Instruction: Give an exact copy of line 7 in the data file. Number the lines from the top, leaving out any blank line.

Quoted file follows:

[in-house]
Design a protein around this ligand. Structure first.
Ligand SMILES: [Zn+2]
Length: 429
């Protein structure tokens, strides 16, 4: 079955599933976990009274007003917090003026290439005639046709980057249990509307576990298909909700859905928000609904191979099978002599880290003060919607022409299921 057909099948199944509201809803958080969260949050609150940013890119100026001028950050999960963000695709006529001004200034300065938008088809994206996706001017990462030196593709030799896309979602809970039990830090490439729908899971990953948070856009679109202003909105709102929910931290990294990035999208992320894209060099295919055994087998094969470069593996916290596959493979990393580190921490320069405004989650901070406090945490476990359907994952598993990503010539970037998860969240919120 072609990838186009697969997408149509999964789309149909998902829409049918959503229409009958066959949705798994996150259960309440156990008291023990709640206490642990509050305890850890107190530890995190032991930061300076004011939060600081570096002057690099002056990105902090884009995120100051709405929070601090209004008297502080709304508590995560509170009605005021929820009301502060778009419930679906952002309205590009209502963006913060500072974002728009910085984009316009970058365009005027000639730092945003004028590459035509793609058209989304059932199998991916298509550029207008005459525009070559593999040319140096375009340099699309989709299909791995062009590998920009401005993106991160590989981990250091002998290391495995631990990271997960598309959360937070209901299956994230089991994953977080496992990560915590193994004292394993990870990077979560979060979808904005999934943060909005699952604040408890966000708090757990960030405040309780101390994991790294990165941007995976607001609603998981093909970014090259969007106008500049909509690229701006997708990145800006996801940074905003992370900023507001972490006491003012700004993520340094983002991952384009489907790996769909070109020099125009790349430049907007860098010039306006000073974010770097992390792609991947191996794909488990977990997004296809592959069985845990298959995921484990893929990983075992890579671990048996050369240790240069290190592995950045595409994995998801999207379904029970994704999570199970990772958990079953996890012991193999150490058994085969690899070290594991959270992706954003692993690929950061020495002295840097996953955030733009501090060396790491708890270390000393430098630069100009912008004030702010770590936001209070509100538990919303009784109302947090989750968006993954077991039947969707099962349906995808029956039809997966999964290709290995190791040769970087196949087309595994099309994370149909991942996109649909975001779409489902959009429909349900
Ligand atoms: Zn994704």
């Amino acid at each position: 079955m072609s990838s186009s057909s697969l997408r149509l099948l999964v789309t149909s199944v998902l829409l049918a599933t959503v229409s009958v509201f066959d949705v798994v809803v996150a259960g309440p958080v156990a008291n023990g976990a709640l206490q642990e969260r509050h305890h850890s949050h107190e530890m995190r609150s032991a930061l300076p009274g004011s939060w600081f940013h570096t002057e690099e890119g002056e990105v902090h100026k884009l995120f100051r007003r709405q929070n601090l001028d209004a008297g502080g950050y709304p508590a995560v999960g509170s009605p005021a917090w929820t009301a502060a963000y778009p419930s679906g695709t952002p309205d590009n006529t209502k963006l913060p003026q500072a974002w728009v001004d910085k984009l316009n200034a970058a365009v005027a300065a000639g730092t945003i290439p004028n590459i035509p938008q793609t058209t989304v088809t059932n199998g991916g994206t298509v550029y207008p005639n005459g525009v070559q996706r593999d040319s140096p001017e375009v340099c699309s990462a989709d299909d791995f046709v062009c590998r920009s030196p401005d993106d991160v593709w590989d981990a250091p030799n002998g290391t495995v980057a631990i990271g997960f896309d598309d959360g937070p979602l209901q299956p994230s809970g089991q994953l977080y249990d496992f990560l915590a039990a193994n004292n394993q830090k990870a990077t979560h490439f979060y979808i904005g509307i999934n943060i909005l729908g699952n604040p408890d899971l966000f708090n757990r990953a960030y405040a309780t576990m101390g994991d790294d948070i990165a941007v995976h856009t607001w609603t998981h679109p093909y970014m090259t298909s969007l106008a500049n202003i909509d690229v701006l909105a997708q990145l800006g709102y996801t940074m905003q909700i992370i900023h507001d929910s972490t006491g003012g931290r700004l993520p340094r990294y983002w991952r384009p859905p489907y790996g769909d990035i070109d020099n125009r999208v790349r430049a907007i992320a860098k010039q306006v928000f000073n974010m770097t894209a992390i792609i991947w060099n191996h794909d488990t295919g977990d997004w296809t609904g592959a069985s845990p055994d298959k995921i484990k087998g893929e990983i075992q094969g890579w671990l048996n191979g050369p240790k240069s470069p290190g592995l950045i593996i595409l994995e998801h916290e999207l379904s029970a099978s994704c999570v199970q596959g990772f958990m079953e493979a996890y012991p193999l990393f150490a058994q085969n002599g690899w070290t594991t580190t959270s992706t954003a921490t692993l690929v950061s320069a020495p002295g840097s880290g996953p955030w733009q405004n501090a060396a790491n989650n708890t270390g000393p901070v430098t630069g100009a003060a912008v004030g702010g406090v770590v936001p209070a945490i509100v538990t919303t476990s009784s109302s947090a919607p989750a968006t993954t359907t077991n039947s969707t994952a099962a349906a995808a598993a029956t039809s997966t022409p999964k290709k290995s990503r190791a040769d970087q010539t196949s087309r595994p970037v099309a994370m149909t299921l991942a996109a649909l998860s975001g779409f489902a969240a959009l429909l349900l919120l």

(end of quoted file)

């Amino acid at each position: 079955m072609s990838s186009s057909s697969l997408r149509l099948l999964v789309t149909s199944v998902l829409l049918a599933t959503v229409s009958v509201f066959d949705v798994v809803v996150a259960g309440p958080v156990a008291n023990g976990a709640l206490q642990e969260r509050h305890h850890s949050h107190e530890m995190r609150s032991a930061l300076p009274g004011s939060w600081f940013h570096t002057e690099e890119g002056e990105v902090h100026k884009l995120f100051r007003r709405q929070n601090l001028d209004a008297g502080g950050y709304p508590a995560v999960g509170s009605p005021a917090w929820t009301a502060a963000y778009p419930s679906g695709t952002p309205d590009n006529t209502k963006l913060p003026q500072a974002w728009v001004d910085k984009l316009n200034a970058a365009v005027a300065a000639g730092t945003i290439p004028n590459i035509p938008q793609t058209t989304v088809t059932n199998g991916g994206t298509v550029y207008p005639n005459g525009v070559q996706r593999d040319s140096p001017e375009v340099c699309s990462a989709d299909d791995f046709v062009c590998r920009s030196p401005d993106d991160v593709w590989d981990a250091p030799n002998g290391t495995v980057a631990i990271g997960f896309d598309d959360g937070p979602l209901q299956p994230s809970g089991q994953l977080y249990d496992f990560l915590a039990a193994n004292n394993q830090k990870a990077t979560h490439f979060y979808i904005g509307i999934n943060i909005l729908g699952n604040p408890d899971l966000f708090n757990r990953a960030y405040a309780t576990m101390g994991d790294d948070i990165a941007v995976h856009t607001w609603t998981h679109p093909y970014m090259t298909s969007l106008a500049n202003i909509d690229v701006l909105a997708q990145l800006g709102y996801t940074m905003q909700i992370i900023h507001d929910s972490t006491g003012g931290r700004l993520p340094r990294y983002w991952r384009p859905p489907y790996g769909d990035i070109d020099n125009r999208v790349r430049a907007i992320a860098k010039q306006v928000f000073n974010m770097t894209a992390i792609i991947w060099n191996h794909d488990t295919g977990d997004w296809t609904g592959a069985s845990p055994d298959k995921i484990k087998g893929e990983i075992q094969g890579w671990l048996n191979g050369p240790k240069s470069p290190g592995l950045i593996i595409l994995e998801h916290e999207l379904s029970a099978s994704c999570v199970q596959g990772f958990m079953e493979a996890y012991p193999l990393f150490a058994q085969n002599g690899w070290t594991t580190t959270s992706t954003a921490t692993l690929v950061s320069a020495p002295g840097s880290g996953p955030w733009q405004n501090a060396a790491n989650n708890t270390g000393p901070v430098t630069g100009a003060a912008v004030g702010g406090v770590v936001p209070a945490i509100v538990t919303t476990s009784s109302s947090a919607p989750a968006t993954t359907t077991n039947s969707t994952a099962a349906a995808a598993a029956t039809s997966t022409p999964k290709k290995s990503r190791a040769d970087q010539t196949s087309r595994p970037v099309a994370m149909t299921l991942a996109a649909l998860s975001g779409f489902a969240a959009l429909l349900l919120l």